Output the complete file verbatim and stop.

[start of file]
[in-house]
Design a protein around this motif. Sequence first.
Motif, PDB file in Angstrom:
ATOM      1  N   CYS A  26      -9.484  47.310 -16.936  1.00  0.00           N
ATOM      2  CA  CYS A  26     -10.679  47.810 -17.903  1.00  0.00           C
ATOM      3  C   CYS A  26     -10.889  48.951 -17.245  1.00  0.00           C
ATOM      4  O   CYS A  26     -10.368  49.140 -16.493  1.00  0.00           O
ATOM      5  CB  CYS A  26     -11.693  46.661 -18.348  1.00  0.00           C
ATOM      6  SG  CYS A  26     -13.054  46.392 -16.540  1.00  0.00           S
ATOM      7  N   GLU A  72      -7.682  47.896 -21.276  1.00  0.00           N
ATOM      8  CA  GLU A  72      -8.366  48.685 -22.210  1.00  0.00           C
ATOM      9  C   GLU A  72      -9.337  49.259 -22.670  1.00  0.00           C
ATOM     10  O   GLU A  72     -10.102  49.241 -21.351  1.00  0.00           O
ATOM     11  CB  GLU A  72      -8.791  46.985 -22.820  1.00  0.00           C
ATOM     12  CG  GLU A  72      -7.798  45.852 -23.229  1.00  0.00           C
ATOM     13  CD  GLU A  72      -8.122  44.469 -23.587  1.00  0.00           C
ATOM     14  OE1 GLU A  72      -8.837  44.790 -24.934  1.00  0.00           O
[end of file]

[in-house]
Design a protein around this motif. Sequence first.
Motif, PDB file in Angstrom:
ATOM      1  N   CYS A  26      -9.484  47.310 -16.936  1.00  0.00           N
ATOM      2  CA  CYS A  26     -10.679  47.810 -17.903  1.00  0.00           C
ATOM      3  C   CYS A  26     -10.889  48.951 -17.245  1.00  0.00           C
ATOM      4  O   CYS A  26     -10.368  49.140 -16.493  1.00  0.00           O
ATOM      5  CB  CYS A  26     -11.693  46.661 -18.348  1.00  0.00           C
ATOM      6  SG  CYS A  26     -13.054  46.392 -16.540  1.00  0.00           S
ATOM      7  N   GLU A  72      -7.682  47.896 -21.276  1.00  0.00           N
ATOM      8  CA  GLU A  72      -8.366  48.685 -22.210  1.00  0.00           C
ATOM      9  C   GLU A  72      -9.337  49.259 -22.670  1.00  0.00           C
ATOM     10  O   GLU A  72     -10.102  49.241 -21.351  1.00  0.00           O
ATOM     11  CB  GLU A  72      -8.791  46.985 -22.820  1.00  0.00           C
ATOM     12  CG  GLU A  72      -7.798  45.852 -23.229  1.00  0.00           C
ATOM     13  CD  GLU A  72      -8.122  44.469 -23.587  1.00  0.00           C
ATOM     14  OE1 GLU A  72      -8.837  44.790 -24.934  1.00  0.00           O